William Nunn Lipscomb, Jr. (born December 9, 1919) is an American inorganic chemist, working in experimental and theoretical chemistry and biochemistry.
Lipscomb was born in Cleveland, Ohio, but his family moved to Lexington, Kentucky when he was an infant, and he lived there until he received his Bachelor of Science degree in Chemistry at the University of Kentucky in 1941. He went on to earn his Doctor of Philosophy degree in Chemistry from the California Institute of Technology in 1946.
From 1946 to 1959 he taught at the University of Minnesota. Since 1959, he has been a professor of chemistry at Harvard University.
Lipscomb currently resides in Cambridge, MA.
Lipscomb has worked in three main areas, which overlap in time and share some scientific techniques. In at least the first two of these areas Lipscomb gave himself a grand challenge likely to fail, and then plotted a course of intermediate goals.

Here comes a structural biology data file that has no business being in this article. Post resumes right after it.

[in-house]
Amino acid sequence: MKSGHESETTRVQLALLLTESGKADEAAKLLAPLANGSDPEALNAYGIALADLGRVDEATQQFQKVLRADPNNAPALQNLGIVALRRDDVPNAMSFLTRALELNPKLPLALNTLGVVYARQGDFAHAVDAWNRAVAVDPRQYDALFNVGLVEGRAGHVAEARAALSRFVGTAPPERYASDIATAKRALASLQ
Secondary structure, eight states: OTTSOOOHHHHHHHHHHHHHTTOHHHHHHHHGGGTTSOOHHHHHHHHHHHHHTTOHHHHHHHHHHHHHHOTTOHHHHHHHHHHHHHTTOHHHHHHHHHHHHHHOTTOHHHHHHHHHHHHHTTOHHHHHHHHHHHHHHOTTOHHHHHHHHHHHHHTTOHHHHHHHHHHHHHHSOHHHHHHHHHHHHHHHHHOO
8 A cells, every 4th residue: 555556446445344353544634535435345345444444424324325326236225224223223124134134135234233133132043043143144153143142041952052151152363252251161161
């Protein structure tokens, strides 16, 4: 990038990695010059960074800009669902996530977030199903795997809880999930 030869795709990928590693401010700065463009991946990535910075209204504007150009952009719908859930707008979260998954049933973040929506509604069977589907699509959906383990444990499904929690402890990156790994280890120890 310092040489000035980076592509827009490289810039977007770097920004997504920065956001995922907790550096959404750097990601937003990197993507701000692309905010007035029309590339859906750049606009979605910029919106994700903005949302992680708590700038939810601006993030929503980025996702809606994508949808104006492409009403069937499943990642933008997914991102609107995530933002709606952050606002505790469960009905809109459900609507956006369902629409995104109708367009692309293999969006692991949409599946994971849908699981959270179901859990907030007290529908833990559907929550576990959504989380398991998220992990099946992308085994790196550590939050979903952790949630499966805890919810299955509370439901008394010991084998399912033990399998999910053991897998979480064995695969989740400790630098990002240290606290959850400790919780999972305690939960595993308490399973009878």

Nuclear Magnetic Resonance and the Chemical Shift
In this area Lipscomb gave himself this grand challenge: "I thought then that progress in structure determination, for new polyborane species and for substituted boranes and carboranes, would be greatly accelerated if the 11B nuclear magnetic resonance spectra, rather than X-ray diffraction, could be used."  This grand challenge was not successful, as X-ray diffraction is still necessary to determine many such atomic structures, but intermediate goals were achieved:
Lipscomb's group developed calculation methods, both empirical  and from quantum mechanical theory.   Calculations by these methods produced accurate self-consistent field molecular orbitals and were used to study boranes (compounds of boron and hydrogen) and carboranes (compounds of carbon, boron, and hydrogen). Lipscomb and Pitzer used these methods to carry out an ab initio calculation that produced the first accurate value of the barrier to internal rotation in ethane .
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